Sub-Sahara Africa had the highest of the International Finance Corporation’s (IFC) expenditure on advisory services – $53.6 million (26.5 per cent) of a $202.1 million-expenditure on advisory services for the fiscal year 15 (July 2014 to June 2015), according to IFC’s annual report.
The financial sector had the highest advisory services expenditure of $64 million (31.7 per cent), followed by investment climate with $50.5 million, representing 25 per cent; public-private partnerships, $30.9 million (15.3 per cent); cross industry areas, $27.8 million (13.8 per cent); energy and resource efficiency, $16.9 million representing 8.4 per cent; and agribusiness, $11.9 million (5.9 per cent).
Financial markets also had the highest amount in long term commitments by the World Bank’s development institution for private sector growth in emerging economies in the fiscal year – $4.69 billion representing 44.6 per cent of funds generated by the IFC.
The corporation generated $10.53 billion and additional funding of about $7.1 billion in syndicated loans from third party entities.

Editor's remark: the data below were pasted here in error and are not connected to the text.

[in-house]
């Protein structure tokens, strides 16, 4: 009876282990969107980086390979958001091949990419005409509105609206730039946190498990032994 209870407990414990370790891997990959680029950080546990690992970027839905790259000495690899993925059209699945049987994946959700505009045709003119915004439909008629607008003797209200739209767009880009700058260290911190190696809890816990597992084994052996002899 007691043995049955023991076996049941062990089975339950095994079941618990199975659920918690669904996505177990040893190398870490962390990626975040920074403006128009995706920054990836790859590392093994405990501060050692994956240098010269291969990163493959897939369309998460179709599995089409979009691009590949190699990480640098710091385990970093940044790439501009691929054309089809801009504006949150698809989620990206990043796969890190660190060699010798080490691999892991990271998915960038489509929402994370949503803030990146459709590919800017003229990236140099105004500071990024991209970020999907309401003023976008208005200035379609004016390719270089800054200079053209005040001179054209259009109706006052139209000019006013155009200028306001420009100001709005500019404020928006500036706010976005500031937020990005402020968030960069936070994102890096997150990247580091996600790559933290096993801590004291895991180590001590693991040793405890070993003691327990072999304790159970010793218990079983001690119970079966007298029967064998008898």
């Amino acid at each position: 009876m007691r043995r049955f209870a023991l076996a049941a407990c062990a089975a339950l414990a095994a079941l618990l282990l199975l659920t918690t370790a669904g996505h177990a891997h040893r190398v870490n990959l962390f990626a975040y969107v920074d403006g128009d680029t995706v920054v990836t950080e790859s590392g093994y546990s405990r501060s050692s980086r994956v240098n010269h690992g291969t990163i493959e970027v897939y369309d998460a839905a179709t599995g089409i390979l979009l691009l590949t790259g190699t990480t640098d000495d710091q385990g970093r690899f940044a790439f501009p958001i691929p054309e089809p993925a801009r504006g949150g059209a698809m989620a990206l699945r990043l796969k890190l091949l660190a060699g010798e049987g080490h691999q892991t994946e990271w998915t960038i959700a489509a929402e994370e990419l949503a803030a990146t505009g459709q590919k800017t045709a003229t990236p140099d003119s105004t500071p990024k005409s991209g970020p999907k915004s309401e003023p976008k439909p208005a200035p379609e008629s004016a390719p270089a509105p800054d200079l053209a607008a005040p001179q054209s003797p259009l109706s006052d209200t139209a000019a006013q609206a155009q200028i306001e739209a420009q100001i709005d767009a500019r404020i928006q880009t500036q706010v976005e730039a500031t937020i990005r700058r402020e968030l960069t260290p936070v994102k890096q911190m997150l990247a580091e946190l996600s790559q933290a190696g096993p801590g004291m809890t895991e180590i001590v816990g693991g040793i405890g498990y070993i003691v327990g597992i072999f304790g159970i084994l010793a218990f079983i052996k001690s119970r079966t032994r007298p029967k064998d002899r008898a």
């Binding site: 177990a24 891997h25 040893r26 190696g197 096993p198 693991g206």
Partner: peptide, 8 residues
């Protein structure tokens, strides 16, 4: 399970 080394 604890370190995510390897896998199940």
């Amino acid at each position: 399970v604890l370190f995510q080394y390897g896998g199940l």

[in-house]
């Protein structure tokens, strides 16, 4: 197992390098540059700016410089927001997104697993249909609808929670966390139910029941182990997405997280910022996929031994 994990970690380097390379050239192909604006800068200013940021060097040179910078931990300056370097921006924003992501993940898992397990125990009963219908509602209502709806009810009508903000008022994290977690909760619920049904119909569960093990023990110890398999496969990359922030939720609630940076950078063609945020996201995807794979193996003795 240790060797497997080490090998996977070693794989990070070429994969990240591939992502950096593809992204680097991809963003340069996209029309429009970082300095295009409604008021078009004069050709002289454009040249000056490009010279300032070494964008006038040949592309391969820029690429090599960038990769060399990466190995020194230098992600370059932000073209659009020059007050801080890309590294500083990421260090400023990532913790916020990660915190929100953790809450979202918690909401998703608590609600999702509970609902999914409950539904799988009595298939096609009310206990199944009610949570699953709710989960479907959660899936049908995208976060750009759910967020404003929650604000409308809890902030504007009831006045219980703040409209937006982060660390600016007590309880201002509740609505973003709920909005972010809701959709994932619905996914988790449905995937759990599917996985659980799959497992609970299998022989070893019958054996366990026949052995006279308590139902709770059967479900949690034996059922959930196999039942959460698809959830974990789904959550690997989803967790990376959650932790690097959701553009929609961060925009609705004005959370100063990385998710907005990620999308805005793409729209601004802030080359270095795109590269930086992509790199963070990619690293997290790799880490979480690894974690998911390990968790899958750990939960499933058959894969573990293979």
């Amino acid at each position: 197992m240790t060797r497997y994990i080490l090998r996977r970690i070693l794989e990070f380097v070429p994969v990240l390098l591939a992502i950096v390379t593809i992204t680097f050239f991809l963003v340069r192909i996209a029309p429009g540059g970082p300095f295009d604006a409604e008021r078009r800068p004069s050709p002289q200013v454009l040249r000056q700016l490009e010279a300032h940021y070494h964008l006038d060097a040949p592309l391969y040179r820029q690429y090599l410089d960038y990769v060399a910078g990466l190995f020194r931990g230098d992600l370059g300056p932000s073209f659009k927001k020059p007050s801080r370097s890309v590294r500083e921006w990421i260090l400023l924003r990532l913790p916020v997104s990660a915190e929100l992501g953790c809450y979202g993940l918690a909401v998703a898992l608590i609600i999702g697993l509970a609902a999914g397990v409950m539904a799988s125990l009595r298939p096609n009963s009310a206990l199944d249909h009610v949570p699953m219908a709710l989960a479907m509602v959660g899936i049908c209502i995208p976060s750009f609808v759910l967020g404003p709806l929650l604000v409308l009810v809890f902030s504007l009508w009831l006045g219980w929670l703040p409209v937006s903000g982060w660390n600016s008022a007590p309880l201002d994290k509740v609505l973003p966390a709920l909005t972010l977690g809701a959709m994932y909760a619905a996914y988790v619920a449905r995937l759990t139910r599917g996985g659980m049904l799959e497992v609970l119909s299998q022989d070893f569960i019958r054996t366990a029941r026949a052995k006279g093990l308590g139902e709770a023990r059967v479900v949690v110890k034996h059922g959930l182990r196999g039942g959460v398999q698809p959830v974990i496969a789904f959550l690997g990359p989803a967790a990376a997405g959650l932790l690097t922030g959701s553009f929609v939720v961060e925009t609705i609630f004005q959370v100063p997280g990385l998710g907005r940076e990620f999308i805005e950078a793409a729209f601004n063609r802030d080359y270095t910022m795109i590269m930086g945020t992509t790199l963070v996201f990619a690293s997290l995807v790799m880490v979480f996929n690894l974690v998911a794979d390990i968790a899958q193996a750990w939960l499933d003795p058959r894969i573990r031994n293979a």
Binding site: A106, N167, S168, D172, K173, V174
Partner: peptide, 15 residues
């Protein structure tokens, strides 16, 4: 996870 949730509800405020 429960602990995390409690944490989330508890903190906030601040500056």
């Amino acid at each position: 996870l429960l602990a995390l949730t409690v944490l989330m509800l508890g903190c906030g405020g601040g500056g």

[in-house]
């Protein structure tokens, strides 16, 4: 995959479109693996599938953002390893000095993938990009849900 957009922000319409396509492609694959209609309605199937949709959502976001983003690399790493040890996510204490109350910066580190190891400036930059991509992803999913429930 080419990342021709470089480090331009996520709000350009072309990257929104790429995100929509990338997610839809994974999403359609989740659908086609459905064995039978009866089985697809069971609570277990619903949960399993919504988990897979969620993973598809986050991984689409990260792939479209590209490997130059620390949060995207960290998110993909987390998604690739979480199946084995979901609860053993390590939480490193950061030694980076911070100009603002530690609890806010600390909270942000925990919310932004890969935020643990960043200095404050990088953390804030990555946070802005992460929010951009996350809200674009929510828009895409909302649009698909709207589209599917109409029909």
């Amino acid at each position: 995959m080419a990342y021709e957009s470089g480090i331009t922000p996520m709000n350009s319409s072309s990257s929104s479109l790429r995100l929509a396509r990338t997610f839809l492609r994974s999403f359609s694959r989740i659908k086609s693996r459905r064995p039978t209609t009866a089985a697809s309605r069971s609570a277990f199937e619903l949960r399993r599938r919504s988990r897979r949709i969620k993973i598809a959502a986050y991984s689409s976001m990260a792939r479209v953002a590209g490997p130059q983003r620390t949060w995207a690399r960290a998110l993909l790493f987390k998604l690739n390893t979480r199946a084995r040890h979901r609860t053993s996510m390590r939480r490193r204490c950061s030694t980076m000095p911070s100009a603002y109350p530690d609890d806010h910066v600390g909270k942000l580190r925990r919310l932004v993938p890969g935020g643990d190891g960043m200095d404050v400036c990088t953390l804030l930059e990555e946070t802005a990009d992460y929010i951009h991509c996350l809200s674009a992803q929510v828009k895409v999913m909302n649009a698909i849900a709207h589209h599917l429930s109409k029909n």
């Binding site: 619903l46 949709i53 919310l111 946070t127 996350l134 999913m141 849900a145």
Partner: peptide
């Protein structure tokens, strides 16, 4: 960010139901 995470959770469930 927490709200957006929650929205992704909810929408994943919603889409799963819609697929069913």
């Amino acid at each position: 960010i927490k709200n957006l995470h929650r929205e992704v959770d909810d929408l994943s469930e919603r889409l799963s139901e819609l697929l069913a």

Sub-Saharan Africa had $3.7 billion in commitments from the IFC out of the $17.7 billion raised by the organisation and its partners.
Of the $10.53 billion raised by the IFC, sub-Saharan Africa had $1.83 billion (17.38 per cent) in commitments.
The $1.83 billion in commitments to sub-Saharan Africa is outweighed only by East Asia and the Pacific, with $2.28 billion (21.71 per cent) and Latin America and the Caribbean region, with $2.37 billion (22.57 per cent).
The report says $9.26 billion was disbursed out of the $10.53 billion generated by the IFC, supporting 406 projects in 83 countries – an increase from $8.9 billion disbursed in the previous fiscal year from $9.96 billion generated.
The Chief Executive Officer of the IFC, Jin Yong Cai says through the funding, IFC’s clients “provided 2.5 million jobs, helped educate 3.5 million students, and treated more than 17 million patients. They generated power for nearly 56 million customers, distributed water to more than 23 million, and provided gas to 35 million.”
The IFC is a global development institution of the World Bank Group focused on the private sector in developing countries.
The World Bank Group’s commitments to Ghana amounted to $712 million in the fiscal year 2015 including commitments from the International Bank for Reconstruction and Development and the International Development Association.
By Emmanuel Odonkor